How do you go about automating/simulating (I think) an HTTP request?
March 3, 2013 7:39 PM   Subscribe

I want to write a script to automate doing a search, retrieving, and parsing the search results from a website (a booking site similar to the search on ).

My (extremely) rough understanding is that I should write a script to mimic the request the form is sending, and that I can use something like Firebug or Fiddler to capture what my browser is sending.
I am way out of my depths here but am pretty committed to doing this as an educational project, so I'd appreciate any direction getting started figuring out how all of this is done - I'm familiar with basic python scripting and have used urllib and BeautifulSoup to do basic web scraping, but I don't really understand how all these pieces fit together or how to get started - pointers to good resources would help tremendously, as I've found information on StackOverflow but am having trouble deciphering it. I'm a little more comfortable with what I need to do to parse the html once I get it back.

Also, am I even right in assuming that what I want to do is send a HTTP GET request? Or is this search done with Javascript (it seems like if that's the case, ths becomes more difficult? How do I tell what's really going on - I've messed around with Fiddler but am having trouble). Please bear in mind that I barely understand the words that I'm using, but I'd really like to learn. Thanks!
posted by hot soup to Computers & Internet (5 answers total) 5 users marked this as a favorite
Scrapy should hide some of these issues from you and also get through the next steps really well.

To answer some of your other questions though, what I'd suggest is playing around with some Web Inspector tutorials (or Firebug tutorials or Tamper Data tutorials) until you understand the mechanics of the HTTP request.
posted by Monsieur Caution at 7:47 PM on March 3, 2013

Er, here's the Web Inspector tutorial I had in mind--you may find this easier to work with than Fiddler.
posted by Monsieur Caution at 7:51 PM on March 3, 2013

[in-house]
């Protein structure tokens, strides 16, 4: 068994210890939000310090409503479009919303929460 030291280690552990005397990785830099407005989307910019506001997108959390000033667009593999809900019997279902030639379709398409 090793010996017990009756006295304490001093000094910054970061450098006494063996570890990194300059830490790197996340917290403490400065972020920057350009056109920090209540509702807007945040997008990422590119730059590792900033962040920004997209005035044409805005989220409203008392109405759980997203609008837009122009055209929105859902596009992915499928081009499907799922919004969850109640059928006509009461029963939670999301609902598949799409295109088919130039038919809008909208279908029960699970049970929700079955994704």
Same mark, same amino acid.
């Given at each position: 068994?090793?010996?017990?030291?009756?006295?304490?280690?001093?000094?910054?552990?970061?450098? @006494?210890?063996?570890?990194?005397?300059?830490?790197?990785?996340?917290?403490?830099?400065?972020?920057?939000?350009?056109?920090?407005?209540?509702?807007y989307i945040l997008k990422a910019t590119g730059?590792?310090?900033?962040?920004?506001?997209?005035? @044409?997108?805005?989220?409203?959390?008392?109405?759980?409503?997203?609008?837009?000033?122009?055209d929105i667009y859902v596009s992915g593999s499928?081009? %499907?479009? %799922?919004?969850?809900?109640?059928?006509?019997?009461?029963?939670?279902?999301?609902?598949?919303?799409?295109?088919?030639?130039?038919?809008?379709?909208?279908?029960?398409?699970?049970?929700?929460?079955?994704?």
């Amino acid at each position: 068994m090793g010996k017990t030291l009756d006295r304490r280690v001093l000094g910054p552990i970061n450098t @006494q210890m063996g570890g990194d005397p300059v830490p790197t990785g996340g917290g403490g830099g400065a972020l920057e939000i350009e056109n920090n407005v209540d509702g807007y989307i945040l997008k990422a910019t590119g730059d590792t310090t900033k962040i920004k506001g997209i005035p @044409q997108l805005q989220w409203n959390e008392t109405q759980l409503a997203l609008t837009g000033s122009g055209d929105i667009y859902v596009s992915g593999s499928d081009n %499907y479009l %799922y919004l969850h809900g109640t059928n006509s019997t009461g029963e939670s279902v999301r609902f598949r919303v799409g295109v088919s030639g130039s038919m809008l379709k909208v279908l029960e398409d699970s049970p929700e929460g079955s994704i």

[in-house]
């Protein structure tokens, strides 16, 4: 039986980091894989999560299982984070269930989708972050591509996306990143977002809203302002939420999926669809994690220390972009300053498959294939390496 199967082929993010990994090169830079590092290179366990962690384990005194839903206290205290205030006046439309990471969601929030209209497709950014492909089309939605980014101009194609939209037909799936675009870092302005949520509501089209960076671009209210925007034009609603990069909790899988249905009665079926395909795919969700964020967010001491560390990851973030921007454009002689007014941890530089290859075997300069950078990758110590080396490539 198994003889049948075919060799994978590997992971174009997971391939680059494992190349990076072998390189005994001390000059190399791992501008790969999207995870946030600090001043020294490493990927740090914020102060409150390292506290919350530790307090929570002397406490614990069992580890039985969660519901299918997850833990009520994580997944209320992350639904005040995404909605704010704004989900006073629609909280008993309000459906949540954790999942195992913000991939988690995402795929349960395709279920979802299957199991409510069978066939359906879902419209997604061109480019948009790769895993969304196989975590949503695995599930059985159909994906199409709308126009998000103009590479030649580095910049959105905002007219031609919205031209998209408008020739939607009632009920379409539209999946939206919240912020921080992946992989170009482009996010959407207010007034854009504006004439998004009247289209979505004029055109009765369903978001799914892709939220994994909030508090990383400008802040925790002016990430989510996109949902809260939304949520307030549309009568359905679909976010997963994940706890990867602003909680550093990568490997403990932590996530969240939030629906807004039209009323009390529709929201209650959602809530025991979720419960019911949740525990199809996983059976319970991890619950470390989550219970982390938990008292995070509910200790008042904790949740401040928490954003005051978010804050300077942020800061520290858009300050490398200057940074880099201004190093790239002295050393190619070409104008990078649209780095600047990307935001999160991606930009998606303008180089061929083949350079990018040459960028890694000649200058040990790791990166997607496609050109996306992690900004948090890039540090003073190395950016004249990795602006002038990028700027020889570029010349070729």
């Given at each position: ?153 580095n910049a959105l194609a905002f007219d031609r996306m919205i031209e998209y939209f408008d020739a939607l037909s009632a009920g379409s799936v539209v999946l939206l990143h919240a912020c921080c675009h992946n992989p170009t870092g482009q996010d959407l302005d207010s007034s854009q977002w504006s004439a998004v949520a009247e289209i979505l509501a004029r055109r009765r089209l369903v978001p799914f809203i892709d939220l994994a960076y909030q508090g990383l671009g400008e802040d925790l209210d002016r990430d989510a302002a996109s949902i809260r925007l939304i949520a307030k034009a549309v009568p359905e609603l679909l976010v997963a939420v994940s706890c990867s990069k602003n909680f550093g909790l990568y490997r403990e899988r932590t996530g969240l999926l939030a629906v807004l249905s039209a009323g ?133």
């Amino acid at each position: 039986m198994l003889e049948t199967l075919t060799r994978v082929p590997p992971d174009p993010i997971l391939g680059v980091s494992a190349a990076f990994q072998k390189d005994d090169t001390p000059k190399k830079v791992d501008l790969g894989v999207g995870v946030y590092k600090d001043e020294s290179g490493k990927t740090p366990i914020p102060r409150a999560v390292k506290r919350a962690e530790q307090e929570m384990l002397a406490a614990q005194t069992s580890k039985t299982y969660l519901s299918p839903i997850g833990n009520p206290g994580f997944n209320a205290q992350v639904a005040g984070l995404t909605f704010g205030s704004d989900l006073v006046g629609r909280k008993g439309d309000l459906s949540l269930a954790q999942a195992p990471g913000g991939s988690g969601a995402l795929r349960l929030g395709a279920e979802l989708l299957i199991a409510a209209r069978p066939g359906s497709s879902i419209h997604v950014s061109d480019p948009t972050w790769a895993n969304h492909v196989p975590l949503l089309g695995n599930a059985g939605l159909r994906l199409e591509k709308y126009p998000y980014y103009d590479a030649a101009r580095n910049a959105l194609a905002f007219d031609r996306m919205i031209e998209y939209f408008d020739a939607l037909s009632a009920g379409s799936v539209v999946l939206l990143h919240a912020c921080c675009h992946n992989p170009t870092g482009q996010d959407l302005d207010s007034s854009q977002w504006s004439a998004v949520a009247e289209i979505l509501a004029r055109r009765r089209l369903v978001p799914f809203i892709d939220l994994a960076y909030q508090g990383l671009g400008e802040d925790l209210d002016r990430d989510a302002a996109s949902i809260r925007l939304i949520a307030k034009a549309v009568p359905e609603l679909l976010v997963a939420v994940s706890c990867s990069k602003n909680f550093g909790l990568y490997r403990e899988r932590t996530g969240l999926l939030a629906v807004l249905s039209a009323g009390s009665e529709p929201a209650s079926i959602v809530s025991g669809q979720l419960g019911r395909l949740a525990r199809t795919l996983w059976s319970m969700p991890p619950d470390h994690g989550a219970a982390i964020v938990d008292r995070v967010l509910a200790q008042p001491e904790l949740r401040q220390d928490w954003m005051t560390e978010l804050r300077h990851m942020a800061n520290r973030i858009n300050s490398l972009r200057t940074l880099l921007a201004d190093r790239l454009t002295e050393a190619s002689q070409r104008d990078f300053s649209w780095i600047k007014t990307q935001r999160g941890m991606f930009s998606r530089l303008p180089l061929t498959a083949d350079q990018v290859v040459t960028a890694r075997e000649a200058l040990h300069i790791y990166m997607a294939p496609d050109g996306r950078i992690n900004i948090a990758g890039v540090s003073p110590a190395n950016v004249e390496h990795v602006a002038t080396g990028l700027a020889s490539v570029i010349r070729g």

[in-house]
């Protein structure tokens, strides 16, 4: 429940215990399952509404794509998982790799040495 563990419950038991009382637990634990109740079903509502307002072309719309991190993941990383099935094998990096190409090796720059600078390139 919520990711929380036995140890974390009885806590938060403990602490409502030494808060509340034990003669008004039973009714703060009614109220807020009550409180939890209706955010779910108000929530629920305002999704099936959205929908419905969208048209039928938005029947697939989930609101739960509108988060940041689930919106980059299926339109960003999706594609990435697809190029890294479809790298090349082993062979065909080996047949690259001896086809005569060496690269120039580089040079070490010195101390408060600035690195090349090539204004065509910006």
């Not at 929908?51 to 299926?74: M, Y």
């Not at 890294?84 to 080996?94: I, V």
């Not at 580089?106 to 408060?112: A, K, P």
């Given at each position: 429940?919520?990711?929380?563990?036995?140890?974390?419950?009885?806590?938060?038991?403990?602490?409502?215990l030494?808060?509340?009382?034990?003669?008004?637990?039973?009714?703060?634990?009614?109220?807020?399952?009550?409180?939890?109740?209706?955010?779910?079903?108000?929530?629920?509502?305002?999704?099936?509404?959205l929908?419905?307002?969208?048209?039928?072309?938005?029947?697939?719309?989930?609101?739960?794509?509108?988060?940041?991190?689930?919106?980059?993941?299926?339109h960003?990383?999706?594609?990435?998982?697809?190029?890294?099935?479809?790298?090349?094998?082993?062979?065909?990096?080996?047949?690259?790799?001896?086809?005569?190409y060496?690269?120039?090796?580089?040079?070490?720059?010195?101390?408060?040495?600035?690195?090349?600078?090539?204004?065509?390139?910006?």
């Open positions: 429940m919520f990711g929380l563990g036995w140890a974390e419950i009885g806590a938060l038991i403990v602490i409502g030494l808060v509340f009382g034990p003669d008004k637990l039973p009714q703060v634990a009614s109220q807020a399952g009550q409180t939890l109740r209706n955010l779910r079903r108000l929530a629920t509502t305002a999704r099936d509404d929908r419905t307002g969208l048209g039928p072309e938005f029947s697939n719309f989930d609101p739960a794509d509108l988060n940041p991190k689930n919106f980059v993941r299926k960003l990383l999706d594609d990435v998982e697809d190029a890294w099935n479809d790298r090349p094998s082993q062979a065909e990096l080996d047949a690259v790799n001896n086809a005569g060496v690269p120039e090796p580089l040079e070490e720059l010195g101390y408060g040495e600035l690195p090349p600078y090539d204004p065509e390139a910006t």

HTTP Requests are computers sending plain text instructions back and forth. When you go to a website, your computer sends the other computer text like this:

GET /index.html HTTP/1.1

The other computer then knows to reply with index.html.

GET requests use only the URL, and add parameters by putting stuff like ?user=me&color=blue at the end of a url. POST requests can basically push across a multi-line document, so they can use longer data. Additionally, by convention, POST requests can change things (by creating or deleting a blog post, for example) and GET can't.

The standard HTTP request library for Python is called requests. The section on parameters in URLs may help you.

Basically, it lets you make requests like this:

r = requests.get("")
r.text #outputs the HTML content of the page

Searches can be done with Javascript in a variety of ways, but if it talks to the server it's still using HTTP POST or GET. If it doesn't talk to the server it's just using CSS to hide data that's on the page.

Scrapy looks nice, but I would personally recommend the ScraperWiki tutorial. They will run your code for you and can store your results. It is more focused on the data extraction part, though.
posted by 23 at 8:25 PM on March 3, 2013

Hotel booking sites are not going to take kindly to your data scraping. Of all the sites on the web, they are some of the most likely to use technical measures to make this quite difficult.
posted by ryanrs at 8:50 PM on March 3, 2013

If you want to see exactly how your browser and the hotel site are talking to each other, there is no substitute for Wireshark. It has a follow TCP stream function that's just perfect for looking at Web conversations assuming those are not taking place over HTTPS, in which case reverse engineering gets rather harder.
posted by flabdablet at 10:32 PM on March 3, 2013

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